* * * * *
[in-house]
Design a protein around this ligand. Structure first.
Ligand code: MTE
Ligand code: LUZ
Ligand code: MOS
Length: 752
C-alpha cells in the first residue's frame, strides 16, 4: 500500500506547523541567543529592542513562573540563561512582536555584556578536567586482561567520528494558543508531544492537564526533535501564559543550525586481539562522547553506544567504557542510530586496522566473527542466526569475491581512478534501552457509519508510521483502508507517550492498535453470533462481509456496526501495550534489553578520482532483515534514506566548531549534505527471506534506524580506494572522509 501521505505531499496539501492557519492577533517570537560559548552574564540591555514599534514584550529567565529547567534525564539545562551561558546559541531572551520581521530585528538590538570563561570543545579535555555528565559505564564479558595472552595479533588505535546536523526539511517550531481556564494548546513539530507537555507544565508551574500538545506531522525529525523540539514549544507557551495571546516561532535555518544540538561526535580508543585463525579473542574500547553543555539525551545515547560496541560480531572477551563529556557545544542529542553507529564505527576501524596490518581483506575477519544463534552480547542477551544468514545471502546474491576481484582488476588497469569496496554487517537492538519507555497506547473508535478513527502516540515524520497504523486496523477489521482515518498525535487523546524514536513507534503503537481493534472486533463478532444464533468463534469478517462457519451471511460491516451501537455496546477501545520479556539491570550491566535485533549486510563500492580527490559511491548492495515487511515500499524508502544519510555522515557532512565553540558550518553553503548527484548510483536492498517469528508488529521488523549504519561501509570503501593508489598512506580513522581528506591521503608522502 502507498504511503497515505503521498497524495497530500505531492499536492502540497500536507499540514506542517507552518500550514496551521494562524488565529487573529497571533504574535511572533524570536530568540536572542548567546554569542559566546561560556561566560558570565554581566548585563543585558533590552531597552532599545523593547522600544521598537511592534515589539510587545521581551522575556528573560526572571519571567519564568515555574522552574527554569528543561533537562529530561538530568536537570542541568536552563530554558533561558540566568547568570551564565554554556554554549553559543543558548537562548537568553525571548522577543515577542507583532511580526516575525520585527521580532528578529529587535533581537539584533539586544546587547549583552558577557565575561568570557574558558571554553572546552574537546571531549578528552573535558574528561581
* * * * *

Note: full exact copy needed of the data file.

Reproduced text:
[in-house]
Design a protein around this ligand. Structure first.
Ligand code: MTE
Ligand code: LUZ
Ligand code: MOS
Length: 752
C-alpha cells in the first residue's frame, strides 16, 4: 500500500506547523541567543529592542513562573540563561512582536555584556578536567586482561567520528494558543508531544492537564526533535501564559543550525586481539562522547553506544567504557542510530586496522566473527542466526569475491581512478534501552457509519508510521483502508507517550492498535453470533462481509456496526501495550534489553578520482532483515534514506566548531549534505527471506534506524580506494572522509 501521505505531499496539501492557519492577533517570537560559548552574564540591555514599534514584550529567565529547567534525564539545562551561558546559541531572551520581521530585528538590538570563561570543545579535555555528565559505564564479558595472552595479533588505535546536523526539511517550531481556564494548546513539530507537555507544565508551574500538545506531522525529525523540539514549544507557551495571546516561532535555518544540538561526535580508543585463525579473542574500547553543555539525551545515547560496541560480531572477551563529556557545544542529542553507529564505527576501524596490518581483506575477519544463534552480547542477551544468514545471502546474491576481484582488476588497469569496496554487517537492538519507555497506547473508535478513527502516540515524520497504523486496523477489521482515518498525535487523546524514536513507534503503537481493534472486533463478532444464533468463534469478517462457519451471511460491516451501537455496546477501545520479556539491570550491566535485533549486510563500492580527490559511491548492495515487511515500499524508502544519510555522515557532512565553540558550518553553503548527484548510483536492498517469528508488529521488523549504519561501509570503501593508489598512506580513522581528506591521503608522502 502507498504511503497515505503521498497524495497530500505531492499536492502540497500536507499540514506542517507552518500550514496551521494562524488565529487573529497571533504574535511572533524570536530568540536572542548567546554569542559566546561560556561566560558570565554581566548585563543585558533590552531597552532599545523593547522600544521598537511592534515589539510587545521581551522575556528573560526572571519571567519564568515555574522552574527554569528543561533537562529530561538530568536537570542541568536552563530554558533561558540566568547568570551564565554554556554554549553559543543558548537562548537568553525571548522577543515577542507583532511580526516575525520585527521580532528578529529587535533581537539584533539586544546587547549583552558577557565575561568570557574558558571554553572546552574537546571531549578528552573535558574528561581